The discussions on who will be in the Greek coalition government still continue, though really it’s less of a question of who will be in, and more of a question of what conditions the minor parties, PASOK and the Democratic Left, will try and set for the new government as regards renegotiating the bailout. Of course they don’t really have much leverage for negotiation, as almost regardless of what happens, Greece will need yet another round of bailout financing.
In other words, no matter how it goes, the ordinary Greeks are screwed. This will certainly be good news for the fascists and their supporters.
On the plus side, the Greek soccer match against Germany is the 22nd. Just a good-natured rivalry, that’s all…
Meanwhile people still don’t really understand what’s up with Britain’s “funding for lending” plan… does this mean that the Bank of England’s QE programs weren’t funding for bank lending?
In Mexico, the G20 summit proved an excellent opportunity for everyone to yell at Europe to get on with it. And for Europe to yell back that it’s all the fault of the American banks. But as the day waned rumors started to fly that once again there was a grand plan to spend more money on peripheral European debt:
FT Alphaville: Exclusive to all newspapers, EFSF/ESM bond-buying
Telegraph: Debt crisis: EU leaders set to announce 750bn Spain and Italy bailout deal
Guardian: Germany set to allow eurozone bailout fund to buy troubled countries’ debt
I could have sworn we’ve been here before. Rampant rumors that Europe is prepared to spend German money, followed by Germany going “wait, what?”, followed by some half-baked compromise nonsense that just makes everything worse.
Every day is a good day for a rumor that Germany is okay with German money being spent to prop up Spanish and Italian bankers’ bonuses. Maybe one day those rumors will actually turn out to be true. It could happen!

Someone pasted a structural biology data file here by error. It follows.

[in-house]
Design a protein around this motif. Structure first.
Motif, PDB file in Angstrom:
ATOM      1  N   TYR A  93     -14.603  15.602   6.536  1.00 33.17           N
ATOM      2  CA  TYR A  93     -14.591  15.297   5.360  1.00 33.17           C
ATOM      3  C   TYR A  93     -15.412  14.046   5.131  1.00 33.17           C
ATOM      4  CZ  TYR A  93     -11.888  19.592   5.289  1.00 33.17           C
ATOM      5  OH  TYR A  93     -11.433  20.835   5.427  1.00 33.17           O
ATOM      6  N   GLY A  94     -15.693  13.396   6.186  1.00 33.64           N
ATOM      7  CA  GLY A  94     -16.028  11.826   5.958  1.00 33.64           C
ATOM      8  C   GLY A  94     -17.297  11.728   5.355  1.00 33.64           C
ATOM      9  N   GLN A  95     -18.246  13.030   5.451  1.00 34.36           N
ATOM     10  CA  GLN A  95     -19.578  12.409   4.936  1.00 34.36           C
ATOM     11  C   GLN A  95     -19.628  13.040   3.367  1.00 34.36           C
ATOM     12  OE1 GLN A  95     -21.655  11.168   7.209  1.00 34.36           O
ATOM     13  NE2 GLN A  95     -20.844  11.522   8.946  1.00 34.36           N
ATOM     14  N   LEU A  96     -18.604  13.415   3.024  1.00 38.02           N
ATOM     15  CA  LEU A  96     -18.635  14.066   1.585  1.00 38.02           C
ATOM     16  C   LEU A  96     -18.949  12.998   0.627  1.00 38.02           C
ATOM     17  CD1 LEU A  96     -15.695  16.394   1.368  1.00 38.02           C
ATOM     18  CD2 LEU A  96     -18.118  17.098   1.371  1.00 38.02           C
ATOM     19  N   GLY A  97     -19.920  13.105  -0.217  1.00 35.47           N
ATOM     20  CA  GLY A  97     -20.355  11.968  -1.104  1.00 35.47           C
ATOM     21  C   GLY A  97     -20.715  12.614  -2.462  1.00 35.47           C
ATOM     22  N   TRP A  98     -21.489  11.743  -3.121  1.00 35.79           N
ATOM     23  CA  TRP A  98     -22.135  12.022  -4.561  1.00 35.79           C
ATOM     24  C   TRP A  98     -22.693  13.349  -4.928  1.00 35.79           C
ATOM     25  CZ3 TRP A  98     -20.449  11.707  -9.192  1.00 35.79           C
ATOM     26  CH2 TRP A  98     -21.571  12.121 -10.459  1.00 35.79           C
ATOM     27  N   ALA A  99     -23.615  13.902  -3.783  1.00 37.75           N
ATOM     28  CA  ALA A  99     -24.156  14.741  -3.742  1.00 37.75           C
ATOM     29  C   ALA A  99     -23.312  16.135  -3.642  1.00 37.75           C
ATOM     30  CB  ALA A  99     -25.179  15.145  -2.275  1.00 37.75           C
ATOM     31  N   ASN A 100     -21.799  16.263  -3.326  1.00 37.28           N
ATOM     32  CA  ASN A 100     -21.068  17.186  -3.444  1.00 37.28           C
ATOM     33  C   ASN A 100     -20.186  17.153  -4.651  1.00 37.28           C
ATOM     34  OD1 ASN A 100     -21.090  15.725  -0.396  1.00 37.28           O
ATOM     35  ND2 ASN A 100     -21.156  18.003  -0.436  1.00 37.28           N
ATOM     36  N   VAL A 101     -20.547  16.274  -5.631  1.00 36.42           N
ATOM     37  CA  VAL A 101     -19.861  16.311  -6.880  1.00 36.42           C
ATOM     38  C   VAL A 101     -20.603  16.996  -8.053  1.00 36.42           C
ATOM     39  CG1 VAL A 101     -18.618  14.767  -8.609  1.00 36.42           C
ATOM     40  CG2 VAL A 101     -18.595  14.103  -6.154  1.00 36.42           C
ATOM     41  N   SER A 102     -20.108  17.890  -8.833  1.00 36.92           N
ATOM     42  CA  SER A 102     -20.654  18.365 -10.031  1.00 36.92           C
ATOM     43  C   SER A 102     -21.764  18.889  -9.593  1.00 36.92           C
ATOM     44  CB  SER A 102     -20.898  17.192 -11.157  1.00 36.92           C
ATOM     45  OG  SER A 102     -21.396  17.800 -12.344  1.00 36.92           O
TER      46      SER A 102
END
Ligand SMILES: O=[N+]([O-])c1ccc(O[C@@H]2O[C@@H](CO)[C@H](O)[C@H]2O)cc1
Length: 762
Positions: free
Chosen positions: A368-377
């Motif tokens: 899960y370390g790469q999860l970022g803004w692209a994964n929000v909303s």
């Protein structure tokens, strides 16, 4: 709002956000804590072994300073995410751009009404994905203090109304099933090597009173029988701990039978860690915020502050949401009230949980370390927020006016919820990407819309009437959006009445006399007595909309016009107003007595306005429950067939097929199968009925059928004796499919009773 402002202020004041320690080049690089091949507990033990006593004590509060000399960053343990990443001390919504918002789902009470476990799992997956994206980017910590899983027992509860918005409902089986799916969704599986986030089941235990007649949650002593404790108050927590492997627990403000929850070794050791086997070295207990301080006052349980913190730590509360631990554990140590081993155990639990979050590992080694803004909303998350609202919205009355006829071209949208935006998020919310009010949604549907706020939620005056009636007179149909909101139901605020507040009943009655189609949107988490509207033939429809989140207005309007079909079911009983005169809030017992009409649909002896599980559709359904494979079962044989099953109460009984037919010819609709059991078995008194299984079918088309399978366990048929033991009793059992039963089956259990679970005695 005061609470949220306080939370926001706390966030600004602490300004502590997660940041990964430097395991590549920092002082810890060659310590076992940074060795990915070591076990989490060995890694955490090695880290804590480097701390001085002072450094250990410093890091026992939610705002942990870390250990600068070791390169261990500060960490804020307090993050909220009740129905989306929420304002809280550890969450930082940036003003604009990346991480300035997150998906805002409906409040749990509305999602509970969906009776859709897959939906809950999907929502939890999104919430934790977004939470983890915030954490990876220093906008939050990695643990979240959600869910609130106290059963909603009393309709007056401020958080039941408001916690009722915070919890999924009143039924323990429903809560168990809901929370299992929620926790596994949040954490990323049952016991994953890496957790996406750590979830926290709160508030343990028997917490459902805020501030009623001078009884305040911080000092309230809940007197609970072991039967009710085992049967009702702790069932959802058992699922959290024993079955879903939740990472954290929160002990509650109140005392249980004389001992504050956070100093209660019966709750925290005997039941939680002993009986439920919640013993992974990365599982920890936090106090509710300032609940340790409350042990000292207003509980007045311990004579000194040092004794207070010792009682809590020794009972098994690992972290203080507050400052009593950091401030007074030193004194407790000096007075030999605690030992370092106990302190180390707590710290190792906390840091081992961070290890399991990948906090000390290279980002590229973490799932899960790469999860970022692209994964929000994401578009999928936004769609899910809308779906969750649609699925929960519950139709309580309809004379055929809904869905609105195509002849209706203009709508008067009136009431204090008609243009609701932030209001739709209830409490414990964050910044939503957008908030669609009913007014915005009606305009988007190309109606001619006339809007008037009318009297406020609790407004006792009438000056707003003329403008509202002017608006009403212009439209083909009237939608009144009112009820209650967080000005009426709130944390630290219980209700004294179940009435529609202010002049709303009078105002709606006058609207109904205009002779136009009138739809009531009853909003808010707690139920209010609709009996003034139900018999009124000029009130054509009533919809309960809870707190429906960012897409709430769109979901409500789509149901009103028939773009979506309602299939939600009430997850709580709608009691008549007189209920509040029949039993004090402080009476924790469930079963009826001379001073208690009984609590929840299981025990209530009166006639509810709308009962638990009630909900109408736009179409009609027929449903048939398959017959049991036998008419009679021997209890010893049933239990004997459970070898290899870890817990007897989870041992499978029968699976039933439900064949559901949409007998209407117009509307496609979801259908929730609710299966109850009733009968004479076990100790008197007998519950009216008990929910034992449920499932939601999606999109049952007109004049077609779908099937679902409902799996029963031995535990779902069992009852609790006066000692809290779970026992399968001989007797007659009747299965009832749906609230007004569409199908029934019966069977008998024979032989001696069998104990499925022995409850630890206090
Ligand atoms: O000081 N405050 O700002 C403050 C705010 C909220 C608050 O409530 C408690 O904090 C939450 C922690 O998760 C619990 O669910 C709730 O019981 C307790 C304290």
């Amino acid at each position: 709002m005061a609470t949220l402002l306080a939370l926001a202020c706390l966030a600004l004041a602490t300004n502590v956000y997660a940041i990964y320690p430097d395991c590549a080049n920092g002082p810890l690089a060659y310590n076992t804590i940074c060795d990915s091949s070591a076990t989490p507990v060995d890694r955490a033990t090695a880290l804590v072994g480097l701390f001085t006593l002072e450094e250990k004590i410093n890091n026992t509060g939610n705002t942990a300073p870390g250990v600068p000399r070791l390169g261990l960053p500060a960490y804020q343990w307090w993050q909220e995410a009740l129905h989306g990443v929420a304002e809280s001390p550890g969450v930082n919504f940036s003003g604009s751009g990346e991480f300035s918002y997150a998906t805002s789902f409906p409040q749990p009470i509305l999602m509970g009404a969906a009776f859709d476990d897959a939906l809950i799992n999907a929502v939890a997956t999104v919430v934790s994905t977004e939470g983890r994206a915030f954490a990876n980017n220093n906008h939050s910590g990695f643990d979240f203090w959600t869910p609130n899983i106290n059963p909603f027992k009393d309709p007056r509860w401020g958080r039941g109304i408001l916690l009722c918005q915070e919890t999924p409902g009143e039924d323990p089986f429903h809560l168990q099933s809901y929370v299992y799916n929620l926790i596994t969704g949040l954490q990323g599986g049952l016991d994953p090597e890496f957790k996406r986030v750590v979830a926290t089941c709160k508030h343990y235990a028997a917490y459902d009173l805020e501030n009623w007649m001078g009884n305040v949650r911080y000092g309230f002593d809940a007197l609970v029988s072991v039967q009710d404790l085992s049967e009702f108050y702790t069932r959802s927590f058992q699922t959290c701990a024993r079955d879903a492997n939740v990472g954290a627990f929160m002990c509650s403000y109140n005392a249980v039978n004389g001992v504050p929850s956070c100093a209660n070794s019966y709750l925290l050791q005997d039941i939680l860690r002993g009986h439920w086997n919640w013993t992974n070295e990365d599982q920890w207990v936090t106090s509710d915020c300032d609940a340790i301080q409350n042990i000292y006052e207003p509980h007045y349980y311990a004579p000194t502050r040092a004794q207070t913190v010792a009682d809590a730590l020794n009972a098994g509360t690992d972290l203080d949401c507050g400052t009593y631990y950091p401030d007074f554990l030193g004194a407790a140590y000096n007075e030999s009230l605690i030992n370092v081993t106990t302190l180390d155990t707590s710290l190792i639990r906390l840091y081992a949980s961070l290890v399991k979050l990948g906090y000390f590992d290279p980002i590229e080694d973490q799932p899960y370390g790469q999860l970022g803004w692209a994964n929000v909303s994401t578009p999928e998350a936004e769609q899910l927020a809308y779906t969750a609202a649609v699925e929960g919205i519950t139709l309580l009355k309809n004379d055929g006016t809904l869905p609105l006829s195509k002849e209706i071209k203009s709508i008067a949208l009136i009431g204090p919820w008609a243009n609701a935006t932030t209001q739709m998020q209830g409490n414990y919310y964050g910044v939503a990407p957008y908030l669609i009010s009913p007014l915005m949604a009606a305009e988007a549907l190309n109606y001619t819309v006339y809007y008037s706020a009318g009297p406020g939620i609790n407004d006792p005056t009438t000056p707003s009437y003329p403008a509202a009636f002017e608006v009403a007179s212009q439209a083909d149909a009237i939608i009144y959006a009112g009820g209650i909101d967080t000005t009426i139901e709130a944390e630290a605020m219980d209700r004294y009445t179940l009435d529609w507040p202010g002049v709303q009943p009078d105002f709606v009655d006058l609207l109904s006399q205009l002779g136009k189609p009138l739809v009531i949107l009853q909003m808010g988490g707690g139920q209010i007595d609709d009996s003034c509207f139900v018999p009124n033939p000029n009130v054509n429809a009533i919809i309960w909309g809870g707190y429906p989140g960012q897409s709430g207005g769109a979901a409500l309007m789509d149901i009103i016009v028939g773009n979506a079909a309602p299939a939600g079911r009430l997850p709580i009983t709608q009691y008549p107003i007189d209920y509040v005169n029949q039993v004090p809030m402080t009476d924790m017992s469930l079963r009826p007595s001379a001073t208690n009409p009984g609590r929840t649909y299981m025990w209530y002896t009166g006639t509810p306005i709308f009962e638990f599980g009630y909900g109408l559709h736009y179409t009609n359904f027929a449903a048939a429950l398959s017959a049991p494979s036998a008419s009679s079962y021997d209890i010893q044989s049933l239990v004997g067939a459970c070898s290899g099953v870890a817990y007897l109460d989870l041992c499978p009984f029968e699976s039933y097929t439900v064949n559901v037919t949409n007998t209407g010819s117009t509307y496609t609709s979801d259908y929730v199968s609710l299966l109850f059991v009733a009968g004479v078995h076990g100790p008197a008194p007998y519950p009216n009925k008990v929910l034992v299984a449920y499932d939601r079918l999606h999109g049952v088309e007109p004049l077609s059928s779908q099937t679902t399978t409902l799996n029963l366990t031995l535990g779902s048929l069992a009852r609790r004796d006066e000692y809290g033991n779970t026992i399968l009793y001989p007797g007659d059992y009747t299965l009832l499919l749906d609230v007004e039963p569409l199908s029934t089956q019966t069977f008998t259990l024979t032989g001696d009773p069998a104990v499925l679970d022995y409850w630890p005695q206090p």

Meanwhile Spain is still on fire. Last year when it was Italy’s turn in the broiler, the description used was “when bill (short term bond) yields go, it’s getting close to the end”. Spain’s high yields on longer term debt are beginning to infect durations as short as one year, which was supposed to be covered by the long-term refinancing operation. But don’t worry, Spain has delayed the full results from their banking audit until September. …no, wait, actually, worry. Something will certainly change in the near future to resolve this situation, admittedly one of those possible things is a Spanish euro exit…
Of course, Italy may not be too long out of the broiler, as an anti-euro party has taken up to 20% of the vote in some areas, despite, or perhaps because of, being run by a former comedian.
The parting word, or 4000 words, is from the Athens News, spotted by the Financial Times: Live news blog, June 19 | Athens News. Their 9:45am entry is a series of pictures of the party leaders meeting each other. The body language speaks volumes. We’re talking serious trilogy material here, hardbound, with forwards by the author and detailed appendixes. The deluxe edition with a fold-out poster map of the world. It’s pretty awesome is what I’m getting at.
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